Completing the PhD under either track requires the completion of at least 80 credits, but regular-admit PhD students will receive 30 transfer credits for their previous master's degree and will only need to complete 50 post-master's credits. Direct-admit PhD students with previous graduate credit may earn up to 30 transfer credits for relevant master's-level coursework.
The required credits will come from these categories:
- Core credits in the study of scientific research paradigms and in semesterly seminars focusing on current issues across disciplines (8 credits);
- Specialization courses to develop a depth of understanding in the research area (13 hours regular-admit; 27 credits direct-admit);
- Methodology courses to develop the methods and skills to pursue original research (9 credits regular-admit; 15 credits direct-admit);
- Research credit, which will be earned each semester under the supervision of the student's advisor (up to 20 for regular-admit; up to 30 for direct-admit).
The choice of specialization and methodology courses will be developed between the student and the advisor.
Students can follow one or more of our seven specializations, which can then be designated on the transcript upon graduation, or pursue a unique program tailored around their research interests. Additionally, students are encouraged to devote a portion of their studies to enhancing their research through academic breadth by pursuing a graduate minor or a graduate interdisciplinary specialization (GIS). Students can even pursue a dual or combined degree to develop breadth and depth and enhance their credentials for future employment.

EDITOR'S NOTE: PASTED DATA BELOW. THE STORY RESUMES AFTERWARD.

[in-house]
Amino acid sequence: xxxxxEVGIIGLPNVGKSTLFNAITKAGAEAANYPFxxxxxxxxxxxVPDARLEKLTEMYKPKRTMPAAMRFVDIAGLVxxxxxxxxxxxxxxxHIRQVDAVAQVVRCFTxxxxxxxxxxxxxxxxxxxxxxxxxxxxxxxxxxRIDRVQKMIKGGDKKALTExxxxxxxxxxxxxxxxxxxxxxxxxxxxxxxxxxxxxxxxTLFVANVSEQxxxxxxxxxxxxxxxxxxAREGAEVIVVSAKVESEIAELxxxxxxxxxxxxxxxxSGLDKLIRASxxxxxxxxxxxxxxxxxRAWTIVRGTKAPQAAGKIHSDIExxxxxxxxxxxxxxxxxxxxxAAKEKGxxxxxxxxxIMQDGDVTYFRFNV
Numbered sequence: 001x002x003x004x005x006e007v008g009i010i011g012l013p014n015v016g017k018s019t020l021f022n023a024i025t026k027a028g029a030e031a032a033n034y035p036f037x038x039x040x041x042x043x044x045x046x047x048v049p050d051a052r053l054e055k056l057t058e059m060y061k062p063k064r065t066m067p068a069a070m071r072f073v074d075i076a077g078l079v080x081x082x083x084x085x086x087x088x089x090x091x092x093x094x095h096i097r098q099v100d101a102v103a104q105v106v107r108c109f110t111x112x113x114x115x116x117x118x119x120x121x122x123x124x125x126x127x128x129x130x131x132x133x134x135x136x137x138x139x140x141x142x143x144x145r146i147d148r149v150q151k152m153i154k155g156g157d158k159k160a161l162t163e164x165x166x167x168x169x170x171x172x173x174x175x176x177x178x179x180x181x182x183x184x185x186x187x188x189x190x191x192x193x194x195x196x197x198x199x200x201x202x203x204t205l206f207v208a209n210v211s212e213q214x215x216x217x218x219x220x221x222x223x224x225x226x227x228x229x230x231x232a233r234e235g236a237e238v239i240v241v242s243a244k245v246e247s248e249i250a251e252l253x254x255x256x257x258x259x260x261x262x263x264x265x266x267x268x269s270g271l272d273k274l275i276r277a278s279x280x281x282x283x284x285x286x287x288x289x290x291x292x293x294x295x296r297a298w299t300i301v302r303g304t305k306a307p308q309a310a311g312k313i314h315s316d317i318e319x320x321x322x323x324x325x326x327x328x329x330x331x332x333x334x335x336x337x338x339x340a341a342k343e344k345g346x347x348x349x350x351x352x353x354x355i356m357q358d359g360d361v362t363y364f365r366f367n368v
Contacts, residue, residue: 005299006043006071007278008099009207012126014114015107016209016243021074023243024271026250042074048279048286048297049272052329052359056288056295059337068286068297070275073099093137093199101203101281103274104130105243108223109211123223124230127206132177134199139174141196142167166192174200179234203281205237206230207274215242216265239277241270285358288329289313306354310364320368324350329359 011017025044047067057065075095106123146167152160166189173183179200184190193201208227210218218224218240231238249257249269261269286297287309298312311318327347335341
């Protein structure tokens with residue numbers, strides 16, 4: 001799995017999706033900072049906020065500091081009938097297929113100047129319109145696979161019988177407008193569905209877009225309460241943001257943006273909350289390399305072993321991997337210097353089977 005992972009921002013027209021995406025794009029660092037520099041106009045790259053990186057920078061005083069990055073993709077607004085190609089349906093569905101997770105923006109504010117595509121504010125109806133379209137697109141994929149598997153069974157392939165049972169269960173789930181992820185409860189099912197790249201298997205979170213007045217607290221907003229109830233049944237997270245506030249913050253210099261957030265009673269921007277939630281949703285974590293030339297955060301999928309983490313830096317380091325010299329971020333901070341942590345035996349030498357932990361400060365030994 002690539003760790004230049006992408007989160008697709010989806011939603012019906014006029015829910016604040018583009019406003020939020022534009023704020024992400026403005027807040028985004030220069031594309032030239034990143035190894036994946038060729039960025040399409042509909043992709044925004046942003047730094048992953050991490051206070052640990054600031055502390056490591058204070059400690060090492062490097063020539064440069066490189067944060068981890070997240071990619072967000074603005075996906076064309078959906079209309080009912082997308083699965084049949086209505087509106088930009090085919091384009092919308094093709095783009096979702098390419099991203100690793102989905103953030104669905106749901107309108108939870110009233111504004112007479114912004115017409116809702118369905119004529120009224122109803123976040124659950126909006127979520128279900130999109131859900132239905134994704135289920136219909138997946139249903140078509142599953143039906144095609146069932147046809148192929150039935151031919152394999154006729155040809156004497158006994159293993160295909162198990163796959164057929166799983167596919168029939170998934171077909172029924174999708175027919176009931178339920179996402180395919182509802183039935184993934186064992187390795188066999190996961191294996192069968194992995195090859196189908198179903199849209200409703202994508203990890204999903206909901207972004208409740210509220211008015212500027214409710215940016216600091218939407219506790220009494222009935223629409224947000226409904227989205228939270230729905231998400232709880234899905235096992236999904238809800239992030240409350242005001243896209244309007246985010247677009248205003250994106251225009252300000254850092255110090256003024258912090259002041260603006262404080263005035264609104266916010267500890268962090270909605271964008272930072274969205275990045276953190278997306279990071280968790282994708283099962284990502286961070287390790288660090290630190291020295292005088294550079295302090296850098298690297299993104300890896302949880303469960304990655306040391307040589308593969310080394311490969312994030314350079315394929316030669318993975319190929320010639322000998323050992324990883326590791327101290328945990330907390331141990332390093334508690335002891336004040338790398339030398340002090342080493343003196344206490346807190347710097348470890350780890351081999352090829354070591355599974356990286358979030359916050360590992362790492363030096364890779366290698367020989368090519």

All doctoral students must demonstrate a basic level of interdisciplinary training through the Interdisciplinary Requirement, which requires that a student take a course in a field of science outside of their own: students focusing on natural sciences must take a social science course, and vice versa. Students who have already taken such a course before entering the doctoral program may be able to use that course to complete this requirement.
All doctoral students will complete the Verbal Communication Requirement, which will prepare students for science communication through presentations to three different types of audiences: to a specialized audience in a scientific meeting; to an interdisciplinary audience in an academic setting; and to a lay audience in a non-academic setting. You will work with your advisor to find and prepare for such opportunities, and students are encouraged to begin seeking these opportunities early.
Direct-admit students have an additional requirement to complete a scholarly paper, which will include empirical data or be a substantive review and critique of a significant problem in the student’s area of study.